Theatre ucf, august wilson, gem of the ocean
In 2004, August Wilson completed Gem of the Ocean, the first play in his Pittsburgh Cycle. Seven years later, the University of Central Florida’s production of Gem of the Ocean went against what most consider traditional staging. With a Russian born director and a mostly white production team, playing to a predominately white audience, what are the challenges of accurately transforming the text to the stage, while still providing a truthful telling of a story? The following is a case study based on the idea of “active dramaturgy” or, more specifically, cultivating an atmosphere within the production that relies on critical thinking and original analytical thought to create an environment where creativity drives the work of the production. This approach is discussed by dramaturg Lenora Inez Brown in her book The Art of Active Dramaturgy. As the first play within the Pittsburgh Cycle, Gem of the Ocean represents the life of African Americans during the first decade of the twentieth century; nine more plays, respectively, represent each of the following decades. Wilson’s work closely followed the prescription adapted by African American W.E.B. Du Bois who called for theatre “by us, for us, near us, and about us” (Herrington 132). The fact that I am a white American troubles the state of the accepted norms for a Wilson theatre production. My ability to perform as a dramaturg is based on my capacity to inform and educate through whatever means necessary, not the color of my skin. Brown posits that an active dramaturg is one that “seeks ways to articulate heady ideas into active language--that is, language that a performer can easily use to shape an acting choice or a designer, a design choice” iii (xii). None of this is based on skin color, race, or religion; therefore, it was my objective as the dramaturg to stress the importance of the shared story within the play that could relate to anyone of any background. Throughout the course of this production, my major challenge as a dramaturg was to maintain the accuracy of African American representation, while working with the nontraditional, multiracial production team, on the race specific work of August Wilson. In this thesis, I explore the application of active dramaturgy on the production process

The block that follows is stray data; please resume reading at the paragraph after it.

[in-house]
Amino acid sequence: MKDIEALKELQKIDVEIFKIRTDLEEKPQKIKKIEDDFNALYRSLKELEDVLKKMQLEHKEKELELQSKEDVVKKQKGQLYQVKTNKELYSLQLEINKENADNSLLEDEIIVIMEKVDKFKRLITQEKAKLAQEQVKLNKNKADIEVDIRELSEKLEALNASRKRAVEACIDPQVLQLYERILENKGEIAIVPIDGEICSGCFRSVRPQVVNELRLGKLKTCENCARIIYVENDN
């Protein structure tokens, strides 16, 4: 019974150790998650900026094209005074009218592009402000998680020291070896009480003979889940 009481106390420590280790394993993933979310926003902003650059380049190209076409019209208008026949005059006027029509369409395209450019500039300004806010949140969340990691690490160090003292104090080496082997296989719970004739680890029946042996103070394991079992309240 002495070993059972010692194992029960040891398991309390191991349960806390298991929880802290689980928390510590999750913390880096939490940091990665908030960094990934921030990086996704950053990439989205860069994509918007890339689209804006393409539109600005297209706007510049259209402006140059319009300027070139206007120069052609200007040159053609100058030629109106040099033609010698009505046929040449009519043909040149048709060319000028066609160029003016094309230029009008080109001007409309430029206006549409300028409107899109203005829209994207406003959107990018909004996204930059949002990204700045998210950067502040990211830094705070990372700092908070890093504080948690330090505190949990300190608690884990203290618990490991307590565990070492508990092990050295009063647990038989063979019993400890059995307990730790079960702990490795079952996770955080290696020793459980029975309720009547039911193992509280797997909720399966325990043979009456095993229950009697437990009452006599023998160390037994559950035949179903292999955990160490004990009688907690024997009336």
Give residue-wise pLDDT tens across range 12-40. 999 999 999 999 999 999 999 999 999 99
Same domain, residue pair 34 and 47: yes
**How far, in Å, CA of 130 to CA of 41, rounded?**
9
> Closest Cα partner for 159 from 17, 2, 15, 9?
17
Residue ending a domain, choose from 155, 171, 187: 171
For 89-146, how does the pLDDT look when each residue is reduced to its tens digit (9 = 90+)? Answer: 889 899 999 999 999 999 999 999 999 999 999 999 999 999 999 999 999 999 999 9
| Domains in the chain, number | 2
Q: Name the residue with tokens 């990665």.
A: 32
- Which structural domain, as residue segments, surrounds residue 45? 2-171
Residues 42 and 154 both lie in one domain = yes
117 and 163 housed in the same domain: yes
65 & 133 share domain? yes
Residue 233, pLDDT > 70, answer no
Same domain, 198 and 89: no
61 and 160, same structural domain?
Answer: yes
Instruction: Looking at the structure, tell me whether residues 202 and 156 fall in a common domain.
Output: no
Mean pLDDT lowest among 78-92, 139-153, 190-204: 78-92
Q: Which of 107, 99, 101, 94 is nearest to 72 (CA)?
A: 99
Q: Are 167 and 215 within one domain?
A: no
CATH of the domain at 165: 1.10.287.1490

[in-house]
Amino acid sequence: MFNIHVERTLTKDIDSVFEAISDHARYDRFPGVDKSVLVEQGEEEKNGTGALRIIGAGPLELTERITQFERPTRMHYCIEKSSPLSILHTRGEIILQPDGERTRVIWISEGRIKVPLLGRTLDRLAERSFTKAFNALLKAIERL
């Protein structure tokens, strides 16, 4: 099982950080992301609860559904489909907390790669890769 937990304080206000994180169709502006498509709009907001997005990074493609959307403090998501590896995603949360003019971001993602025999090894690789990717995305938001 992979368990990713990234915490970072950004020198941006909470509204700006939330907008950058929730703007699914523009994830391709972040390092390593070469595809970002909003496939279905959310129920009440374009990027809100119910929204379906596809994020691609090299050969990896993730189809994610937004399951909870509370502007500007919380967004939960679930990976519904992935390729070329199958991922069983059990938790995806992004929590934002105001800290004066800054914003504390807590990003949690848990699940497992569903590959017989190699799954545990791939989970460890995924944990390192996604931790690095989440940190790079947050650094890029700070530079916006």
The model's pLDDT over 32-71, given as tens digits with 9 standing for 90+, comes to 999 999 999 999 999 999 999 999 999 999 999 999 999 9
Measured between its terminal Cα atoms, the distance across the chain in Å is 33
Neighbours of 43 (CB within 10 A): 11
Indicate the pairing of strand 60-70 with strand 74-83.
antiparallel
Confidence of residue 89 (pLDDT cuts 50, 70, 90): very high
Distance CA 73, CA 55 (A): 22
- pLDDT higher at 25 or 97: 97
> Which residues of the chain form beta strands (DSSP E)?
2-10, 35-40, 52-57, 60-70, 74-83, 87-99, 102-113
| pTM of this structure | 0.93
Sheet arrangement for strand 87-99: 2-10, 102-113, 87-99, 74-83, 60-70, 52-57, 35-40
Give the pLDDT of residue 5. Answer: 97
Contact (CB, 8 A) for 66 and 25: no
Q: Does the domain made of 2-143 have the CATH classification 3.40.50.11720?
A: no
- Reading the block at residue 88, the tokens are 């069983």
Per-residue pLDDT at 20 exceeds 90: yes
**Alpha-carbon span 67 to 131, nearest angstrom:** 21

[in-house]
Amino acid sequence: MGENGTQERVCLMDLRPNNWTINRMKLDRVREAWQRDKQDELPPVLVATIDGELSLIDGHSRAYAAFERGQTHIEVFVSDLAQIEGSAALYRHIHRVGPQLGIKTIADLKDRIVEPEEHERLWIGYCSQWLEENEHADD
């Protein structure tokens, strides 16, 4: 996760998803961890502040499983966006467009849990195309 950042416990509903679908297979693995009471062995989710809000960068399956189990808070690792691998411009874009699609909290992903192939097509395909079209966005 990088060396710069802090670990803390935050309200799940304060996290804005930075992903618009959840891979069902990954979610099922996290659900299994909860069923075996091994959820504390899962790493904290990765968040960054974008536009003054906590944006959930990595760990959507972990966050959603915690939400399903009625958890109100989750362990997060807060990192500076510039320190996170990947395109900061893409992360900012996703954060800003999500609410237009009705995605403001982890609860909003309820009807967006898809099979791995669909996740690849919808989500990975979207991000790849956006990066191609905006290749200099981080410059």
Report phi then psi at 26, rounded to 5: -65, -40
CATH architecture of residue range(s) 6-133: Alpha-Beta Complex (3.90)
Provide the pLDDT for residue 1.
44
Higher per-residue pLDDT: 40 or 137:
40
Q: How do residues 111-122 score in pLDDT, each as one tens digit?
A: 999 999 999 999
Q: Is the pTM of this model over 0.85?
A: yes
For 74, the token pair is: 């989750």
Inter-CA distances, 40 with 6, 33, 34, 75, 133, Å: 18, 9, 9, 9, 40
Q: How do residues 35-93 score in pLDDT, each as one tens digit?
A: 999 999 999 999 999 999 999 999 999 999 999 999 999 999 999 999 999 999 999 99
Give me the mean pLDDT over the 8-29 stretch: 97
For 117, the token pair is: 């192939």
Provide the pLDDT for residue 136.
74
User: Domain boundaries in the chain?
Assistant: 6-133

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Master of Arts (M.A.)
College of Arts and Humanities
Length of Campus-only Access
Masters Thesis (Open Access)
Arts and Humanities -- Dissertations, Academic, Dissertations, Academic -- Arts and Humanities
Barringhaus, Rebecca, "August Wilson's Gem Of The Ocean A Dramaturgical Case Study" (2013). Electronic Theses and Dissertations. 2513.
Restricted to the UCF community until May 2013; it will then be open access.